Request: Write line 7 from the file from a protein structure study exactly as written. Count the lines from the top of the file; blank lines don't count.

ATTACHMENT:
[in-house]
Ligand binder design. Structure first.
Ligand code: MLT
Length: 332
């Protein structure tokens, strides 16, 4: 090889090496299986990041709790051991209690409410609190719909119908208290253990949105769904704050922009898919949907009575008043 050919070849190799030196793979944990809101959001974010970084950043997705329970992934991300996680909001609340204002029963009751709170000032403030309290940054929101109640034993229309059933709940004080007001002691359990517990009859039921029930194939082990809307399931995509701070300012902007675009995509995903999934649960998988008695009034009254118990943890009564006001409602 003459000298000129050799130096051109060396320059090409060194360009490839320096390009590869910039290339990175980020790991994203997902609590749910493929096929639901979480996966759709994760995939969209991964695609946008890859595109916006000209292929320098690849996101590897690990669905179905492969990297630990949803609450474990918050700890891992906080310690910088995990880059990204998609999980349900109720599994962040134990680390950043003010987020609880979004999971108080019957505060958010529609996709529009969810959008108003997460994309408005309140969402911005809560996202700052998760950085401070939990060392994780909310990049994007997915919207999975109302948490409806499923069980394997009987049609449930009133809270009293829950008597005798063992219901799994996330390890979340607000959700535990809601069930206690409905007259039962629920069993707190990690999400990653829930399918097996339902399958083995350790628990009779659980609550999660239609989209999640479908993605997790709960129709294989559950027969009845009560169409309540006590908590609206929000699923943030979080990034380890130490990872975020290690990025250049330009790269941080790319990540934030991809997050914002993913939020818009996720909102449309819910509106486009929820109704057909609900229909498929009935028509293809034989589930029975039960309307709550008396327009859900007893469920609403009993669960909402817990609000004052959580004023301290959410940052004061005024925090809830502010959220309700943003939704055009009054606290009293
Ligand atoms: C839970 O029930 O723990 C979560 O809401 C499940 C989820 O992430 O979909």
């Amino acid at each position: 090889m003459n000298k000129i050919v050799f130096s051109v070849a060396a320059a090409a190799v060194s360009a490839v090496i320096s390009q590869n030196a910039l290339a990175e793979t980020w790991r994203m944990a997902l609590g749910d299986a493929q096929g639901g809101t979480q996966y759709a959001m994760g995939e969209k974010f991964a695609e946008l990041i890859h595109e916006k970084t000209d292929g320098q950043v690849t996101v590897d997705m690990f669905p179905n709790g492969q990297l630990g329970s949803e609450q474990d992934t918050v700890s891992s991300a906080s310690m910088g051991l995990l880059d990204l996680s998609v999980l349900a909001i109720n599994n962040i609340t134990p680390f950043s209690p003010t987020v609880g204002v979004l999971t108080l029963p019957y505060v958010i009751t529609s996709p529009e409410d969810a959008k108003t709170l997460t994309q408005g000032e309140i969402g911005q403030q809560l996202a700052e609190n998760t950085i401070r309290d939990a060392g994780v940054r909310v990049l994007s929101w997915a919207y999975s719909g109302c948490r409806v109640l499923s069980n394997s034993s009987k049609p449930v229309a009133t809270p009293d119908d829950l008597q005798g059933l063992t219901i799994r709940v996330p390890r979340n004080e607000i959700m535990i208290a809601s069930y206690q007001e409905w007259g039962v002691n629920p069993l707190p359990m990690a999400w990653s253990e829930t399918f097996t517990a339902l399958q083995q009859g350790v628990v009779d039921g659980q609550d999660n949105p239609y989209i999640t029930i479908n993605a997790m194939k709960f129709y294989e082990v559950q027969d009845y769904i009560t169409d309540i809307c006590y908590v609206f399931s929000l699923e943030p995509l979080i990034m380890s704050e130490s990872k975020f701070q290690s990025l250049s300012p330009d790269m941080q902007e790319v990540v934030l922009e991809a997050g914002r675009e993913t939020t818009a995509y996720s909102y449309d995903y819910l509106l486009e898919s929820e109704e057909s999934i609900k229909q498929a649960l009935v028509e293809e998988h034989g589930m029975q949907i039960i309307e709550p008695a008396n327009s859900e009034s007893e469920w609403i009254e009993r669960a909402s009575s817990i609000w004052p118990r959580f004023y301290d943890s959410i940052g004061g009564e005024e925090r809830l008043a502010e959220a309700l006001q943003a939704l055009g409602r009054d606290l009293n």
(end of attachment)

């Amino acid at each position: 090889m003459n000298k000129i050919v050799f130096s051109v070849a060396a320059a090409a190799v060194s360009a490839v090496i320096s390009q590869n030196a910039l290339a990175e793979t980020w790991r994203m944990a997902l609590g749910d299986a493929q096929g639901g809101t979480q996966y759709a959001m994760g995939e969209k974010f991964a695609e946008l990041i890859h595109e916006k970084t000209d292929g320098q950043v690849t996101v590897d997705m690990f669905p179905n709790g492969q990297l630990g329970s949803e609450q474990d992934t918050v700890s891992s991300a906080s310690m910088g051991l995990l880059d990204l996680s998609v999980l349900a909001i109720n599994n962040i609340t134990p680390f950043s209690p003010t987020v609880g204002v979004l999971t108080l029963p019957y505060v958010i009751t529609s996709p529009e409410d969810a959008k108003t709170l997460t994309q408005g000032e309140i969402g911005q403030q809560l996202a700052e609190n998760t950085i401070r309290d939990a060392g994780v940054r909310v990049l994007s929101w997915a919207y999975s719909g109302c948490r409806v109640l499923s069980n394997s034993s009987k049609p449930v229309a009133t809270p009293d119908d829950l008597q005798g059933l063992t219901i799994r709940v996330p390890r979340n004080e607000i959700m535990i208290a809601s069930y206690q007001e409905w007259g039962v002691n629920p069993l707190p359990m990690a999400w990653s253990e829930t399918f097996t517990a339902l399958q083995q009859g350790v628990v009779d039921g659980q609550d999660n949105p239609y989209i999640t029930i479908n993605a997790m194939k709960f129709y294989e082990v559950q027969d009845y769904i009560t169409d309540i809307c006590y908590v609206f399931s929000l699923e943030p995509l979080i990034m380890s704050e130490s990872k975020f701070q290690s990025l250049s300012p330009d790269m941080q902007e790319v990540v934030l922009e991809a997050g914002r675009e993913t939020t818009a995509y996720s909102y449309d995903y819910l509106l486009e898919s929820e109704e057909s999934i609900k229909q498929a649960l009935v028509e293809e998988h034989g589930m029975q949907i039960i309307e709550p008695a008396n327009s859900e009034s007893e469920w609403i009254e009993r669960a909402s009575s817990i609000w004052p118990r959580f004023y301290d943890s959410i940052g004061g009564e005024e925090r809830l008043a502010e959220a309700l006001q943003a939704l055009g409602r009054d606290l009293n």